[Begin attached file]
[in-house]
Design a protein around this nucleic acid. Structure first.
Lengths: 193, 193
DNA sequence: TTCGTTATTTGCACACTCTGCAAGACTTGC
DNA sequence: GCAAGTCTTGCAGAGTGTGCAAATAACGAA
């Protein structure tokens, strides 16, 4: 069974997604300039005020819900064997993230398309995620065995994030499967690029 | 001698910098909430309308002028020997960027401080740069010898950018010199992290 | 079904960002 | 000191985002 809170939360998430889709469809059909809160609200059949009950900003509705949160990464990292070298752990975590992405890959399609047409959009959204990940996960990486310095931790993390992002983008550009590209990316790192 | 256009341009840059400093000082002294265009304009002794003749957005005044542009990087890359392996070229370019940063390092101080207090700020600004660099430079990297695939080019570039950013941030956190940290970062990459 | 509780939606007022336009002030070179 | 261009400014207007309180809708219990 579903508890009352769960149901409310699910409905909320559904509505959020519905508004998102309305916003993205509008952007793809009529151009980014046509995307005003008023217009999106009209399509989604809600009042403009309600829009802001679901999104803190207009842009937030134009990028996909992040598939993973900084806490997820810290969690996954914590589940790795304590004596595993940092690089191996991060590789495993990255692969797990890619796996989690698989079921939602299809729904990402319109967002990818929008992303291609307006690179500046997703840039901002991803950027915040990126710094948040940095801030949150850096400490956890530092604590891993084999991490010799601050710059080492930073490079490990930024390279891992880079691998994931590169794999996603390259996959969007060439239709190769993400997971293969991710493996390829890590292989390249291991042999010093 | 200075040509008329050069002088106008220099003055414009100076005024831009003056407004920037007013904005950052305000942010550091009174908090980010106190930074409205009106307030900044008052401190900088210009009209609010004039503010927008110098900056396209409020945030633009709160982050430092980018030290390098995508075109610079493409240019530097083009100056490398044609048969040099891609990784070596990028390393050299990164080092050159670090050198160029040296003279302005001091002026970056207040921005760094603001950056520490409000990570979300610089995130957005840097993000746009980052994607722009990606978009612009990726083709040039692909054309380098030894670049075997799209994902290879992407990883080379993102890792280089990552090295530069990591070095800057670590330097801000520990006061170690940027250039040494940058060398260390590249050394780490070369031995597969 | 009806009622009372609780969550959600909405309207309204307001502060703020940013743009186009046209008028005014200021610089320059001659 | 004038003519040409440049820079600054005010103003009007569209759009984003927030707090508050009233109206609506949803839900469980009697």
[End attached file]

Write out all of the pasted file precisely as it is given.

[in-house]
Design a protein around this nucleic acid. Structure first.
Lengths: 193, 193
DNA sequence: TTCGTTATTTGCACACTCTGCAAGACTTGC
DNA sequence: GCAAGTCTTGCAGAGTGTGCAAATAACGAA
């Protein structure tokens, strides 16, 4: 069974997604300039005020819900064997993230398309995620065995994030499967690029 | 001698910098909430309308002028020997960027401080740069010898950018010199992290 | 079904960002 | 000191985002 809170939360998430889709469809059909809160609200059949009950900003509705949160990464990292070298752990975590992405890959399609047409959009959204990940996960990486310095931790993390992002983008550009590209990316790192 | 256009341009840059400093000082002294265009304009002794003749957005005044542009990087890359392996070229370019940063390092101080207090700020600004660099430079990297695939080019570039950013941030956190940290970062990459 | 509780939606007022336009002030070179 | 261009400014207007309180809708219990 579903508890009352769960149901409310699910409905909320559904509505959020519905508004998102309305916003993205509008952007793809009529151009980014046509995307005003008023217009999106009209399509989604809600009042403009309600829009802001679901999104803190207009842009937030134009990028996909992040598939993973900084806490997820810290969690996954914590589940790795304590004596595993940092690089191996991060590789495993990255692969797990890619796996989690698989079921939602299809729904990402319109967002990818929008992303291609307006690179500046997703840039901002991803950027915040990126710094948040940095801030949150850096400490956890530092604590891993084999991490010799601050710059080492930073490079490990930024390279891992880079691998994931590169794999996603390259996959969007060439239709190769993400997971293969991710493996390829890590292989390249291991042999010093 | 200075040509008329050069002088106008220099003055414009100076005024831009003056407004920037007013904005950052305000942010550091009174908090980010106190930074409205009106307030900044008052401190900088210009009209609010004039503010927008110098900056396209409020945030633009709160982050430092980018030290390098995508075109610079493409240019530097083009100056490398044609048969040099891609990784070596990028390393050299990164080092050159670090050198160029040296003279302005001091002026970056207040921005760094603001950056520490409000990570979300610089995130957005840097993000746009980052994607722009990606978009612009990726083709040039692909054309380098030894670049075997799209994902290879992407990883080379993102890792280089990552090295530069990591070095800057670590330097801000520990006061170690940027250039040494940058060398260390590249050394780490070369031995597969 | 009806009622009372609780969550959600909405309207309204307001502060703020940013743009186009046209008028005014200021610089320059001659 | 004038003519040409440049820079600054005010103003009007569209759009984003927030707090508050009233109206609506949803839900469980009697």